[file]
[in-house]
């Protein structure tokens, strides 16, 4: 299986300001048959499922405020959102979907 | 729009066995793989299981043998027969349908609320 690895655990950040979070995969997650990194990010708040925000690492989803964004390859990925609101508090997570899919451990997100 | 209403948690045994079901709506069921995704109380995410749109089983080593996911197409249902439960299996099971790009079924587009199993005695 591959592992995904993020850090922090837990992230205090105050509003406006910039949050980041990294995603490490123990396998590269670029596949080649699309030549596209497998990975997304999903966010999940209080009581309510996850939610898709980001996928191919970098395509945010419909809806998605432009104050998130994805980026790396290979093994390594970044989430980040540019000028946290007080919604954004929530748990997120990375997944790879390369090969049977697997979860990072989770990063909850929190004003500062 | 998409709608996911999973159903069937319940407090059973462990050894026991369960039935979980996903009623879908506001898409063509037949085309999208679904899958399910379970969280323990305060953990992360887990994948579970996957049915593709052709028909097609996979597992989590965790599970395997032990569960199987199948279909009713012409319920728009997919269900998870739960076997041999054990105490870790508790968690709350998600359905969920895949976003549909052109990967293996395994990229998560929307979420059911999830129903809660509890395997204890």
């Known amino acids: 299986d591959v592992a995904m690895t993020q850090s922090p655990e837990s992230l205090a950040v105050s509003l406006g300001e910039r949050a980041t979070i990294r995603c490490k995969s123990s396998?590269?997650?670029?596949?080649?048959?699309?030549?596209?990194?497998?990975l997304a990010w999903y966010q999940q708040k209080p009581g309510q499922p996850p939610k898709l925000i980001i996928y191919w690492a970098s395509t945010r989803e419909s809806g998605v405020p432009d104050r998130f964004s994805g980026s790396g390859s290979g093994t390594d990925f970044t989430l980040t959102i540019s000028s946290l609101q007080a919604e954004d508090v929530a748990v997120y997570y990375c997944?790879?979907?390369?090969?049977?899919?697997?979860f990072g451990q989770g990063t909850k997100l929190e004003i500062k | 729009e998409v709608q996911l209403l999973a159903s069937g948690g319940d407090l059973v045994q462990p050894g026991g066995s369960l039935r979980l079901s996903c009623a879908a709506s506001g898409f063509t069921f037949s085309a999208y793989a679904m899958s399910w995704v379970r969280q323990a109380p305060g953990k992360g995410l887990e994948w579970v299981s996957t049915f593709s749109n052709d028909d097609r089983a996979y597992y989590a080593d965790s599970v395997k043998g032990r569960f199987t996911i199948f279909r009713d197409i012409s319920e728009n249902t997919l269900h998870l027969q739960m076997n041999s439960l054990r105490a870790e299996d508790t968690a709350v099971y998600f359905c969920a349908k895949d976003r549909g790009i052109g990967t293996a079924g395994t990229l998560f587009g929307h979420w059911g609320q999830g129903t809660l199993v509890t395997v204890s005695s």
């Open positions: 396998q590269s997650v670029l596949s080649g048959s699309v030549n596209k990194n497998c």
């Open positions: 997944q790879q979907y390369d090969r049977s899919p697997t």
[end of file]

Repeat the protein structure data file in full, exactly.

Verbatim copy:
[in-house]
């Protein structure tokens, strides 16, 4: 299986300001048959499922405020959102979907 | 729009066995793989299981043998027969349908609320 690895655990950040979070995969997650990194990010708040925000690492989803964004390859990925609101508090997570899919451990997100 | 209403948690045994079901709506069921995704109380995410749109089983080593996911197409249902439960299996099971790009079924587009199993005695 591959592992995904993020850090922090837990992230205090105050509003406006910039949050980041990294995603490490123990396998590269670029596949080649699309030549596209497998990975997304999903966010999940209080009581309510996850939610898709980001996928191919970098395509945010419909809806998605432009104050998130994805980026790396290979093994390594970044989430980040540019000028946290007080919604954004929530748990997120990375997944790879390369090969049977697997979860990072989770990063909850929190004003500062 | 998409709608996911999973159903069937319940407090059973462990050894026991369960039935979980996903009623879908506001898409063509037949085309999208679904899958399910379970969280323990305060953990992360887990994948579970996957049915593709052709028909097609996979597992989590965790599970395997032990569960199987199948279909009713012409319920728009997919269900998870739960076997041999054990105490870790508790968690709350998600359905969920895949976003549909052109990967293996395994990229998560929307979420059911999830129903809660509890395997204890």
């Known amino acids: 299986d591959v592992a995904m690895t993020q850090s922090p655990e837990s992230l205090a950040v105050s509003l406006g300001e910039r949050a980041t979070i990294r995603c490490k995969s123990s396998?590269?997650?670029?596949?080649?048959?699309?030549?596209?990194?497998?990975l997304a990010w999903y966010q999940q708040k209080p009581g309510q499922p996850p939610k898709l925000i980001i996928y191919w690492a970098s395509t945010r989803e419909s809806g998605v405020p432009d104050r998130f964004s994805g980026s790396g390859s290979g093994t390594d990925f970044t989430l980040t959102i540019s000028s946290l609101q007080a919604e954004d508090v929530a748990v997120y997570y990375c997944?790879?979907?390369?090969?049977?899919?697997?979860f990072g451990q989770g990063t909850k997100l929190e004003i500062k | 729009e998409v709608q996911l209403l999973a159903s069937g948690g319940d407090l059973v045994q462990p050894g026991g066995s369960l039935r979980l079901s996903c009623a879908a709506s506001g898409f063509t069921f037949s085309a999208y793989a679904m899958s399910w995704v379970r969280q323990a109380p305060g953990k992360g995410l887990e994948w579970v299981s996957t049915f593709s749109n052709d028909d097609r089983a996979y597992y989590a080593d965790s599970v395997k043998g032990r569960f199987t996911i199948f279909r009713d197409i012409s319920e728009n249902t997919l269900h998870l027969q739960m076997n041999s439960l054990r105490a870790e299996d508790t968690a709350v099971y998600f359905c969920a349908k895949d976003r549909g790009i052109g990967t293996a079924g395994t990229l998560f587009g929307h979420w059911g609320q999830g129903t809660l199993v509890t395997v204890s005695s």
């Open positions: 396998q590269s997650v670029l596949s080649g048959s699309v030549n596209k990194n497998c």
């Open positions: 997944q790879q979907y390369d090969r049977s899919p697997t």